American Football Expert & Columnist
Neil Reynolds' 2019 NFL Draft review: Winners and losers from Nashville
Last Updated: 30/04/19 4:10pm
The 2019 NFL Draft is in the books.
First off, it looked sensational in Nashville and the NFL has been further vindicated in taking its annual selection process around the United States.
Next up in 2020 is Las Vegas!
With all 254 selections having been made, everyone wants to know who "won or lost" in the draft.
The reality is that we won't really know for about three years but let's have a go anyway with some winners and losers from the three days of activity in Tennessee.
It's not ideal that the Cardinals went back to the quarterback well one season after trading up to take Josh Rosen. But they found Kyler Murray too good to ignore and managed to snag a second-rounder from Miami in getting Rosen off their books.
The Cardinals should field a vastly improved offense in 2019. Not only did they add Murray, they drafted three wide receivers in Andy Isabella, Hakeem Butler and KeeSean Johnson. Add in three new offensive linemen via free agency and the Cards are heading in the right direction.
Arizona also bolstered their defense with the second-round selection of cornerback Byron Murphy, who was the highest-rated cover defender in college football last year, according to Pro Football Focus.
The Redskins were absolutely crying out for a long-term answer at quarterback given that Alex Smith could very well be done and neither Case Keenum or Colt McCoy is considered the long-term answer.
That said, Washington stayed very patient indeed and resisted the temptation to trade up for a passer. Instead, they grabbed Dwayne Haskins with the 15th overall pick in round one. He might need some time to adjust to life in the NFL but it would not surprise me in the slightest if he is the opening day starter.
Washington added freakishly-athletic pass rusher Montez Sweat late in round one and two wide receivers worth monitoring in Ohio State's Terry McLaurin (round three) and North Carolina State's Kelvin Harmon, who was a steal in round six.
Many mock drafts had the Jaguars taking Florida offensive tackle Jawaan Taylor with their seventh overall selection. But Kentucky defensive end Josh Allen was considered a top four prospect and offered too much value to ignore at number seven.
The Jags then went out and boosted their offensive line by grabbing the aforementioned Taylor early in the second round, which offered excellent value at 35. The 6-5, 330-pound giant should offer some additional protection for Nick Foles.
Jacksonville needed help at tight end and addressed the position in round three with the drafting of San Jose State's Josh Oliver, who is at his physically-imposing best when competing for contested balls.
New York Giants
There was some significant head scratching when the Giants took Duke quarterback Daniel Jones with the sixth overall pick. Only time will tell if this was a good move but it certainly feels like a reach. Would Jones not have been there at 17?
This one is going to have to be settled on the field because opinions are all over the place. Legendary scout Gil Brandt compared Jones to Peyton Manning, while others have suggested he is a "poor man's Eli Manning." Pro Football Focus felt that Jones was a third-round talent, which is pretty damning.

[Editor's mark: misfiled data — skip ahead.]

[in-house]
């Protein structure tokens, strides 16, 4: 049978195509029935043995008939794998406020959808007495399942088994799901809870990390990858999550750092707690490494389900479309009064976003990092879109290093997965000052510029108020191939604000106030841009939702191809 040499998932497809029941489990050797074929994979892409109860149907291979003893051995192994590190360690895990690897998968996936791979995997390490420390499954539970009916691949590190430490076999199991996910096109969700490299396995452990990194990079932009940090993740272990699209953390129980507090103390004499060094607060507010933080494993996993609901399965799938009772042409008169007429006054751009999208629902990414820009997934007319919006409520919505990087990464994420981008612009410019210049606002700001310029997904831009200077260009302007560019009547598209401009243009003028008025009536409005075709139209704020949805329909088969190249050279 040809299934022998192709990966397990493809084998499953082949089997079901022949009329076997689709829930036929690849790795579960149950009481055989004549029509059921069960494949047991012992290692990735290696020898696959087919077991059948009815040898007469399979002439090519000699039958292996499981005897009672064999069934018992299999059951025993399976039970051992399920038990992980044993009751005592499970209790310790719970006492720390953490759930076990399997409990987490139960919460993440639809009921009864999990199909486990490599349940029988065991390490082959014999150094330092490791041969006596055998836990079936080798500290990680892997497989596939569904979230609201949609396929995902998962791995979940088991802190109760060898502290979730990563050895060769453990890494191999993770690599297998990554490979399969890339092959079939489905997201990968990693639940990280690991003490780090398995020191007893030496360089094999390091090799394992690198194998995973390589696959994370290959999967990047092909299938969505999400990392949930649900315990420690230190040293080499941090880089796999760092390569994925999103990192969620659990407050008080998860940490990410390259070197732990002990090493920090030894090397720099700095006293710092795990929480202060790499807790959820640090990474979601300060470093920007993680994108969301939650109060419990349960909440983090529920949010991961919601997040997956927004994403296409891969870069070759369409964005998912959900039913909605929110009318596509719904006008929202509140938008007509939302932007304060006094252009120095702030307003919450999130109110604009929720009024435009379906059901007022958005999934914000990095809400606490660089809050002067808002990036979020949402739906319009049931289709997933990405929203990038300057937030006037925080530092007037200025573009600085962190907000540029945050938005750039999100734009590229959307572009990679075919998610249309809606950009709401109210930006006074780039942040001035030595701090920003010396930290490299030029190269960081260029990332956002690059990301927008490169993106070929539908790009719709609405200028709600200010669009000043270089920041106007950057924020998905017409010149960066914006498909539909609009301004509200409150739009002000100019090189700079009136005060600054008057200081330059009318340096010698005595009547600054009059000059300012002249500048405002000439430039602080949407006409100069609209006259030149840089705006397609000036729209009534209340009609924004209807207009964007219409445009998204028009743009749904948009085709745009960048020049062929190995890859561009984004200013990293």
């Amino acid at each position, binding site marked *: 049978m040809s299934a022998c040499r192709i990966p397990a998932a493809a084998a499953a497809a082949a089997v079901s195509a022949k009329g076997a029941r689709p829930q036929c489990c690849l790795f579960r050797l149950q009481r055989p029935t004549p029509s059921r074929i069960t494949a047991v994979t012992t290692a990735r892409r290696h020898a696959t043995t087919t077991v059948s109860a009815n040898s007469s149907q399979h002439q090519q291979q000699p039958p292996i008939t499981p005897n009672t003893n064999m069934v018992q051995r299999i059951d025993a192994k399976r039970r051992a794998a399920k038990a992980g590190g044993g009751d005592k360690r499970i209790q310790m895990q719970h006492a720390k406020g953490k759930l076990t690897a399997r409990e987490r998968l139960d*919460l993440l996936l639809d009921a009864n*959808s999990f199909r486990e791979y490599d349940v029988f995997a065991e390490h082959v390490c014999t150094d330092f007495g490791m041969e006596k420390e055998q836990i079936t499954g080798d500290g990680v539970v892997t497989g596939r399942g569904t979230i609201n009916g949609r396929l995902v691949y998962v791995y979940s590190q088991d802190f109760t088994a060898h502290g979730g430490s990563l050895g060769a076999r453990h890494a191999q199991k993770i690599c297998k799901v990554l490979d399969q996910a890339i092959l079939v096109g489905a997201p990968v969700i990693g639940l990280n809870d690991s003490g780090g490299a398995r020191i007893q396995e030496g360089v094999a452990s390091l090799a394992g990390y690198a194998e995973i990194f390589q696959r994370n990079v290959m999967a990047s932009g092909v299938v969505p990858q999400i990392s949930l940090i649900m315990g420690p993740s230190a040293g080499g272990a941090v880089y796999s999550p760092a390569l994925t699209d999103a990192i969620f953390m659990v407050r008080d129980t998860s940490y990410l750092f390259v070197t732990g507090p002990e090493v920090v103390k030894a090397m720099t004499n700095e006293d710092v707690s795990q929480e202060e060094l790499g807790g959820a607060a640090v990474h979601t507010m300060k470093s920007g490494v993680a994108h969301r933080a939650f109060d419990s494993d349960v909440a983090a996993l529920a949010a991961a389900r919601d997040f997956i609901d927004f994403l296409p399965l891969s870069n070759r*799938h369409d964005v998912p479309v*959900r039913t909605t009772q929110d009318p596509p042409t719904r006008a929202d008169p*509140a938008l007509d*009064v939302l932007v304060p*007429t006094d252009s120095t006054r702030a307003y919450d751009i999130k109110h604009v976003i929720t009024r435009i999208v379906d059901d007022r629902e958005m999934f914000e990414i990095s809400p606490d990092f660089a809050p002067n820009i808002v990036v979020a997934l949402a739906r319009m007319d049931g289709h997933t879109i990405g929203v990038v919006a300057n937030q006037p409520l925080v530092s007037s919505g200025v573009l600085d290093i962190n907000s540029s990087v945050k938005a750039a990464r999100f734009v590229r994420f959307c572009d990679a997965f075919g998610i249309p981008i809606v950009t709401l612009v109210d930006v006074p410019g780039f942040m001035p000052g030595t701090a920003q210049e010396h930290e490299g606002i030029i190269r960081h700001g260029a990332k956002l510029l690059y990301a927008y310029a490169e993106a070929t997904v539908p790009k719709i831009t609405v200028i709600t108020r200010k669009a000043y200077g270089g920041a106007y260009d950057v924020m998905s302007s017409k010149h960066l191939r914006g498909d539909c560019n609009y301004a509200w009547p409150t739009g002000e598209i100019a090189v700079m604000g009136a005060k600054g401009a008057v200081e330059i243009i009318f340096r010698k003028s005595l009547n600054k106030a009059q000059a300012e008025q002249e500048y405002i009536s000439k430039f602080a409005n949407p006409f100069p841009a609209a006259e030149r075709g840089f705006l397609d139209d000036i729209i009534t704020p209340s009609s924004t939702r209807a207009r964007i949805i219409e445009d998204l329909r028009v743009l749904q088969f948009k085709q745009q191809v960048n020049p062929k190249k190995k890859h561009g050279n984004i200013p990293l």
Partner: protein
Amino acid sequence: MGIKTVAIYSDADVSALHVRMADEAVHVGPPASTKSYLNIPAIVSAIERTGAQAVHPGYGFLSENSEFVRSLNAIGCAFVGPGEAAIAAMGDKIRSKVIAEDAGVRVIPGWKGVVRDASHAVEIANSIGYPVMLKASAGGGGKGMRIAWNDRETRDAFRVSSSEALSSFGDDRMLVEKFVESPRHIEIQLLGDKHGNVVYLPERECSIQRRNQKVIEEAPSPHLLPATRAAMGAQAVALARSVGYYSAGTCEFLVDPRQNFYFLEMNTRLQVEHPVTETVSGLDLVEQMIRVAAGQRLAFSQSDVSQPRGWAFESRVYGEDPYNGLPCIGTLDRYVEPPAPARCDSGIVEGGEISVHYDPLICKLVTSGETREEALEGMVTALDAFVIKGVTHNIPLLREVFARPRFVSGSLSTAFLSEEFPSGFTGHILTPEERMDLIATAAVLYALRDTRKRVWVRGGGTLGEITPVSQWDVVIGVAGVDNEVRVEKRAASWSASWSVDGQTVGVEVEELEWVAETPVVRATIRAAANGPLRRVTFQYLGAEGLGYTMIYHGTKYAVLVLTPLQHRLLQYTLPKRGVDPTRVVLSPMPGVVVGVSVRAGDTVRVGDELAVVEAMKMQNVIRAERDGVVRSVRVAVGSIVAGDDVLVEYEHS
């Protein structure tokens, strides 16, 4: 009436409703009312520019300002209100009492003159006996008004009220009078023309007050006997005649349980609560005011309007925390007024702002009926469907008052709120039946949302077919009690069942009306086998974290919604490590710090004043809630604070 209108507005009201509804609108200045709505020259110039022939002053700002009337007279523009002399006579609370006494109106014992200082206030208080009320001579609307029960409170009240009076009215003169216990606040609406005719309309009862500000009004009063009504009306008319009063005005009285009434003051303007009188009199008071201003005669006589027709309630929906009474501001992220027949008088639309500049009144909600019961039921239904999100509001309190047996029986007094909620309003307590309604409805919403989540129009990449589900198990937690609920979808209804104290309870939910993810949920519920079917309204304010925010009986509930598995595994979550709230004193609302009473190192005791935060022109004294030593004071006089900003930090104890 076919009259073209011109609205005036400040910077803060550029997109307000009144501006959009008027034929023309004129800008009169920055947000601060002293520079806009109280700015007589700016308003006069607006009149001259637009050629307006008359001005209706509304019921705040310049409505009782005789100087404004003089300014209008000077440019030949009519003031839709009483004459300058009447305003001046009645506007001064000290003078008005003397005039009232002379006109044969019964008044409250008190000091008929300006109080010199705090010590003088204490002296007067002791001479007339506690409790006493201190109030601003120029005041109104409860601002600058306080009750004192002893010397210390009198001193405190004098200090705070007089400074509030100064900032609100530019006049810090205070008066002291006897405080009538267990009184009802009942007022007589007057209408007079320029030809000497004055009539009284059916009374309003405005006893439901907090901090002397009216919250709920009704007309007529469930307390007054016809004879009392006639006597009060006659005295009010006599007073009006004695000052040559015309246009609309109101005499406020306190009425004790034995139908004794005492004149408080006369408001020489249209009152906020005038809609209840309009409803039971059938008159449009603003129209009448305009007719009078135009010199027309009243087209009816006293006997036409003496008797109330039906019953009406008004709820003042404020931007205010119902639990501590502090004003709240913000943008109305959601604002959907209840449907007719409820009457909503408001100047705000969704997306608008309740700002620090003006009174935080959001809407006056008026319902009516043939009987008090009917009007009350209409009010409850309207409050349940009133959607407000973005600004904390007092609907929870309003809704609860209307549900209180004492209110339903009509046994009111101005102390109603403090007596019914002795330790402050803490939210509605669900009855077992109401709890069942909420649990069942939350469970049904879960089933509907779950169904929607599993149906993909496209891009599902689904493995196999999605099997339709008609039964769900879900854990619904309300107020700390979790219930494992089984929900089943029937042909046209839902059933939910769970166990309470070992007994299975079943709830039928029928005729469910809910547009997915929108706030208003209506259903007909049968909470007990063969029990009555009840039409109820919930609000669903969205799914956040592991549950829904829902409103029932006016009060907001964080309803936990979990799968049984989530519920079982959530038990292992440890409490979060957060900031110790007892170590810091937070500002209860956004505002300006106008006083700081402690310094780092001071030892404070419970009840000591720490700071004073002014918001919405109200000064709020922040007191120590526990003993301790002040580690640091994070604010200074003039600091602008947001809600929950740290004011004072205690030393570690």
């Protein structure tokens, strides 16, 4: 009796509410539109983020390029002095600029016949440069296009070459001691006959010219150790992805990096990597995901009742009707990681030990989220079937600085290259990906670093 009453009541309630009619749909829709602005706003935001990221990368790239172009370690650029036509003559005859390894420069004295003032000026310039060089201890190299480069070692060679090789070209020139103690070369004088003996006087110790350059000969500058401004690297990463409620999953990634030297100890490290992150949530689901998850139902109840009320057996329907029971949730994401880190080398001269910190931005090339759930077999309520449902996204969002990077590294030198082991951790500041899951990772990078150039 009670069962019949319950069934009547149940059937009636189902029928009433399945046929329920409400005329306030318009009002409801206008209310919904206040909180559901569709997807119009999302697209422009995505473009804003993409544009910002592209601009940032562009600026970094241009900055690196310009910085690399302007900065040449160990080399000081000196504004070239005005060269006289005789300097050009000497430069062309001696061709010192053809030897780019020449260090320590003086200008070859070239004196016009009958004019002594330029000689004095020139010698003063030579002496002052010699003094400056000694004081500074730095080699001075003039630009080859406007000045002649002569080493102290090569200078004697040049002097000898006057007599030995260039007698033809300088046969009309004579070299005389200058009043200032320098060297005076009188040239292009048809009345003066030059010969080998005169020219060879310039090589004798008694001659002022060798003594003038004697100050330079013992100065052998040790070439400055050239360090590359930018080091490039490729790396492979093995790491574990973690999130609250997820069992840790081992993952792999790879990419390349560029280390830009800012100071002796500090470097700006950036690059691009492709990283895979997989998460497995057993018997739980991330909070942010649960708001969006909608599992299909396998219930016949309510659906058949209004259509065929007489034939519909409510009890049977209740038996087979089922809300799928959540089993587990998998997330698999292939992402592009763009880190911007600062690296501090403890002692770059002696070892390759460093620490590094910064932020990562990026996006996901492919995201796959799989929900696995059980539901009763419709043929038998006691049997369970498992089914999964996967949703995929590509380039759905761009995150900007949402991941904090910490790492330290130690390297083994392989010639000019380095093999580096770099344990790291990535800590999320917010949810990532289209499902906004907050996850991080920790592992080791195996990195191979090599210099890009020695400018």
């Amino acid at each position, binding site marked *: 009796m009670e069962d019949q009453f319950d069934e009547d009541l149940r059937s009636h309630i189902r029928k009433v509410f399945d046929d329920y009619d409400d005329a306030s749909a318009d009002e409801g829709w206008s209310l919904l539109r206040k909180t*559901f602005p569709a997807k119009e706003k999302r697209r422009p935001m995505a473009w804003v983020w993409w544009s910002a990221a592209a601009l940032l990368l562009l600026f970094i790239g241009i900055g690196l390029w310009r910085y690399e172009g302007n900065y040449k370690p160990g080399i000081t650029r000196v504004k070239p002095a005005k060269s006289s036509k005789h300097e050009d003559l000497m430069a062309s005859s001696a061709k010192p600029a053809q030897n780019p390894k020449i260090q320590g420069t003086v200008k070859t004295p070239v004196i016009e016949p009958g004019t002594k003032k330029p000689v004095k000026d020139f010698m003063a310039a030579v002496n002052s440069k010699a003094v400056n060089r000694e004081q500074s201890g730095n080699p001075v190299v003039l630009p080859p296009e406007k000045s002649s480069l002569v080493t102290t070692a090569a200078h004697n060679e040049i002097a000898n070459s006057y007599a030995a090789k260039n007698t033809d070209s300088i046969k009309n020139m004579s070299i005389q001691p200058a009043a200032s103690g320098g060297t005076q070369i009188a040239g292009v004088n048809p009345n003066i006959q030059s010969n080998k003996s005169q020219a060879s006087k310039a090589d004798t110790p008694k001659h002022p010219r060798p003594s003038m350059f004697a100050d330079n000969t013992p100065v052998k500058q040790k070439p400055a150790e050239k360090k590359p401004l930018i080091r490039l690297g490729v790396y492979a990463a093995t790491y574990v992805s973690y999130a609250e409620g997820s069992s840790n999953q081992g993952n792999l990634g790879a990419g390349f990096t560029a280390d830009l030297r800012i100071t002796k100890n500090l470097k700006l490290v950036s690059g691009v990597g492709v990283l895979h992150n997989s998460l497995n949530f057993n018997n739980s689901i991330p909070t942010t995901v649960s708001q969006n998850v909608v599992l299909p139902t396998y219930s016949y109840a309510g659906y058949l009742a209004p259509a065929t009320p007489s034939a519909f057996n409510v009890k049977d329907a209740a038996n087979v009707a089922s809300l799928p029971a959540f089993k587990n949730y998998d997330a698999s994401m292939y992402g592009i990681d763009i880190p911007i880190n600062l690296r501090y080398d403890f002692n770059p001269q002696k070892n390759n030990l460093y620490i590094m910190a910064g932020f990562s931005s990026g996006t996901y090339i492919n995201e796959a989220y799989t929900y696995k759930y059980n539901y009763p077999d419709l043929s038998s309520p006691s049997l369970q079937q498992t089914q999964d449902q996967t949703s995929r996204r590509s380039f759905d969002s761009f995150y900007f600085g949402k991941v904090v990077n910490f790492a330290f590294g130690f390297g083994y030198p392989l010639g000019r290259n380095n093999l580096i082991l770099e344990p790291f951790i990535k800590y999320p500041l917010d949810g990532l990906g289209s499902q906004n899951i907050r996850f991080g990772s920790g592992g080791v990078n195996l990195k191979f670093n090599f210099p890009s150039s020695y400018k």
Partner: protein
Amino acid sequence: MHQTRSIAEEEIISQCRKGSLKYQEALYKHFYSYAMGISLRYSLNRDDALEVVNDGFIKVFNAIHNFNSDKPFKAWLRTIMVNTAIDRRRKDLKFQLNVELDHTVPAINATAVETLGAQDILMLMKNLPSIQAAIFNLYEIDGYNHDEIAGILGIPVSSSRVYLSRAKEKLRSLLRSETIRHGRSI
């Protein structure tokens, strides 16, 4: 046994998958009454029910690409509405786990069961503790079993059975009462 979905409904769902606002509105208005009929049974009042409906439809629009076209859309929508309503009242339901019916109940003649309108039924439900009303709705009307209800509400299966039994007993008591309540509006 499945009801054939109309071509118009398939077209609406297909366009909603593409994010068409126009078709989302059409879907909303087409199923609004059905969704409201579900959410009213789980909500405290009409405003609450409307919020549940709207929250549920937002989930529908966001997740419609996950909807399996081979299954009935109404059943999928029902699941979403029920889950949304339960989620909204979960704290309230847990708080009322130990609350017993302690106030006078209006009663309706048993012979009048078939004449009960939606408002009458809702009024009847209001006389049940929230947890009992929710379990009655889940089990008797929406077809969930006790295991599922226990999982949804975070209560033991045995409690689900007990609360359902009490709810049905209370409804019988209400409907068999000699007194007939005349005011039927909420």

New York hardly set the pulse racing with their 17th overall pick, which they acquired by trading away superstar wide receiver Odell Beckham Jr. They grabbed 340-pound run-stuffing nose tackle Dexter Lawrence at a time when big space-eating linemen are going the way of the Dodo.
General manager Dave Gettleman bullishly insists there is a plan in the Big Apple - it's hard to see what it is right now.
In his first draft as general manager of the Raiders, Mike Mayock went in search of "tone-setters" and "leaders." But you need them to be good football players as well.
Defensive end Clelin Ferrell, running back Josh Jacobs and safety Johnathan Abram were all considered high-quality and high-character players. But each might have been taken too soon by Oakland in the first round - PFF did not rank any of that trio as a first-round talent.
The Raiders rightly used six of their nine selections on defenders to shore up a unit that has allowed a league-high 29.2 points per game over the past two seasons, but it feels like they reached for a few here and there. Of course, Mayock certainly knows his stuff when it comes to the draft and could well prove us wrong in the coming years.
For the second year in a row, Joe Flacco is going to have to look over his shoulder as a highly-touted rookie waits in the wings. Last season, it was Lamar Jackson in Baltimore. This year, it will be Drew Lock, who was taken in the second round by the Denver Broncos.
At 34, Flacco has plenty of playing days ahead of him, but he has to wonder why teams have been compelled to draft a significant competitor at his position in back-to-back seasons. Lock is talented but raw and that may buy Flacco some time.
But if Denver get off to a slow start - as Baltimore did last season - the calls for Lock are going to come in the same way as they did for Jackson in 2018.
Flacco was clearly peeved about the presence of Jackson in Baltimore and surely feels the same way in Denver. He has to deal with day to day questions about his future in Denver, which apparently is not going to be an overly-long one.